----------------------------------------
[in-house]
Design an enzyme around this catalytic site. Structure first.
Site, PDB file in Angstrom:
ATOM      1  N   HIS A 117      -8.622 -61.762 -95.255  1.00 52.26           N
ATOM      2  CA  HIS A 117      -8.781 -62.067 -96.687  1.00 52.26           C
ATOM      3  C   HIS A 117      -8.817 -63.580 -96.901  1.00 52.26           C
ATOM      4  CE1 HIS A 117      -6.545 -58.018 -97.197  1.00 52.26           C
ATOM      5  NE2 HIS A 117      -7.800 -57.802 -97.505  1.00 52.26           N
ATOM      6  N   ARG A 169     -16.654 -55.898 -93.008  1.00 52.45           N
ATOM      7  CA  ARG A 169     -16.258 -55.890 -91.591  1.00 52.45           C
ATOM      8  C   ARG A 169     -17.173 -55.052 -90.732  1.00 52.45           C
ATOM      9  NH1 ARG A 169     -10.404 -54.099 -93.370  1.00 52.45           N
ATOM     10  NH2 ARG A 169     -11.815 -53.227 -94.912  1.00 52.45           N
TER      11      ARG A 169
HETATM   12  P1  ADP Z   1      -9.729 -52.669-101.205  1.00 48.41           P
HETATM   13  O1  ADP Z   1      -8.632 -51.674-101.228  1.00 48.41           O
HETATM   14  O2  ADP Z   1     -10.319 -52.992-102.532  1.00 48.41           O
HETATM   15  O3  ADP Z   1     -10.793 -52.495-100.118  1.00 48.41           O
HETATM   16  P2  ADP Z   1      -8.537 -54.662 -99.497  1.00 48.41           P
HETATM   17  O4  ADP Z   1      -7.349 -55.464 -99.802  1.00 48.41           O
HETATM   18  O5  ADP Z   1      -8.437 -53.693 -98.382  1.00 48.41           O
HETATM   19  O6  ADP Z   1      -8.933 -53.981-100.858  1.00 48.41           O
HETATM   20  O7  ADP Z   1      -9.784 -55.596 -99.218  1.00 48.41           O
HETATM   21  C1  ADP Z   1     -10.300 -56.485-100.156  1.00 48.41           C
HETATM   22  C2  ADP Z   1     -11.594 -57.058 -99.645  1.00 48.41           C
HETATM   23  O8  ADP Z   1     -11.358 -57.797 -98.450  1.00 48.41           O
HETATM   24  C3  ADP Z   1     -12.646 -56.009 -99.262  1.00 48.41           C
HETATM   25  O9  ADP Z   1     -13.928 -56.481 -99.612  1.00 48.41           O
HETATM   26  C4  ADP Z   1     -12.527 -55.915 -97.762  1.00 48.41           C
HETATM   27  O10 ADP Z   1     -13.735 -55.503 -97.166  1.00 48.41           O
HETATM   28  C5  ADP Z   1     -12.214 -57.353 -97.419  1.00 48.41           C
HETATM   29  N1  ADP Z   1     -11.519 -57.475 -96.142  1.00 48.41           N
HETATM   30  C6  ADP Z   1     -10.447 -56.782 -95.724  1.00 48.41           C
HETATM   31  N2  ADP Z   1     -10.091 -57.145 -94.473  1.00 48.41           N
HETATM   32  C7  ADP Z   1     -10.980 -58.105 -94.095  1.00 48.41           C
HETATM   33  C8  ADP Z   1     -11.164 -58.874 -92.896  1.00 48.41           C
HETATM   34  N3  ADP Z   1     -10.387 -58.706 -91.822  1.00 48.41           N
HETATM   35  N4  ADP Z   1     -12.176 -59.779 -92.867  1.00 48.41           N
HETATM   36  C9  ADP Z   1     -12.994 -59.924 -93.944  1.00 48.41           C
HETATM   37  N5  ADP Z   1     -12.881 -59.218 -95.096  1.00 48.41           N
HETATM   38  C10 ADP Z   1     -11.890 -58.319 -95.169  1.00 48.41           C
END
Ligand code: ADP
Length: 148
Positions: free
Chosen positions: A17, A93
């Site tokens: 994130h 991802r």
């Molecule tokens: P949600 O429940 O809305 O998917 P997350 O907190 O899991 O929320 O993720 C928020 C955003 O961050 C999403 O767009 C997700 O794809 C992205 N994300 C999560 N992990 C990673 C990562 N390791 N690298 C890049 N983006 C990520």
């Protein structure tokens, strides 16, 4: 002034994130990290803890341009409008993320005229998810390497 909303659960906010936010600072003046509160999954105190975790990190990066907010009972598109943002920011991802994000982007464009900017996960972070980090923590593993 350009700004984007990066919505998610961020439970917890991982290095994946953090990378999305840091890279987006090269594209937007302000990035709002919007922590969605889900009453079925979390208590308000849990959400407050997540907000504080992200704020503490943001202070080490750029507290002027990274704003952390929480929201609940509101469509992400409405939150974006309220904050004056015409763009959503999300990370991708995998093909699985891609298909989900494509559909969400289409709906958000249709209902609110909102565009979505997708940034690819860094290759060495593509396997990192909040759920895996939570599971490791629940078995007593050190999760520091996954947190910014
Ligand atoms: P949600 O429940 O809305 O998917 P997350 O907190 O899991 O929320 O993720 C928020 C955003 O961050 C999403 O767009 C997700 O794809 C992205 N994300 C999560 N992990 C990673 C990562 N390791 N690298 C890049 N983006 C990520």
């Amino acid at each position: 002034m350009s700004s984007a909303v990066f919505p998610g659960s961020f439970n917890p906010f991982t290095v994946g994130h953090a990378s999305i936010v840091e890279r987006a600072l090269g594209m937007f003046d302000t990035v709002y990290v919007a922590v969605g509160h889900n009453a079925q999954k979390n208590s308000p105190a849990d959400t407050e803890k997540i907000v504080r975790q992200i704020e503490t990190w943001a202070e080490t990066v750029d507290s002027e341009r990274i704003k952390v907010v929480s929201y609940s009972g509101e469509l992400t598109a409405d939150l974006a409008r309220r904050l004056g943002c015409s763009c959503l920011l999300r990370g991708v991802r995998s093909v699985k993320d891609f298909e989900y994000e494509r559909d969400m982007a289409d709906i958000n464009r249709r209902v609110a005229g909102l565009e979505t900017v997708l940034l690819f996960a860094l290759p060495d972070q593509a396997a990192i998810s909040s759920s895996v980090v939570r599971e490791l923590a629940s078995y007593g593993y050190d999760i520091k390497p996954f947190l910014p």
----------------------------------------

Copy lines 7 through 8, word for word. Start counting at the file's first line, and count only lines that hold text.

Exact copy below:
ATOM      4  CE1 HIS A 117      -6.545 -58.018 -97.197  1.00 52.26           C
ATOM      5  NE2 HIS A 117      -7.800 -57.802 -97.505  1.00 52.26           N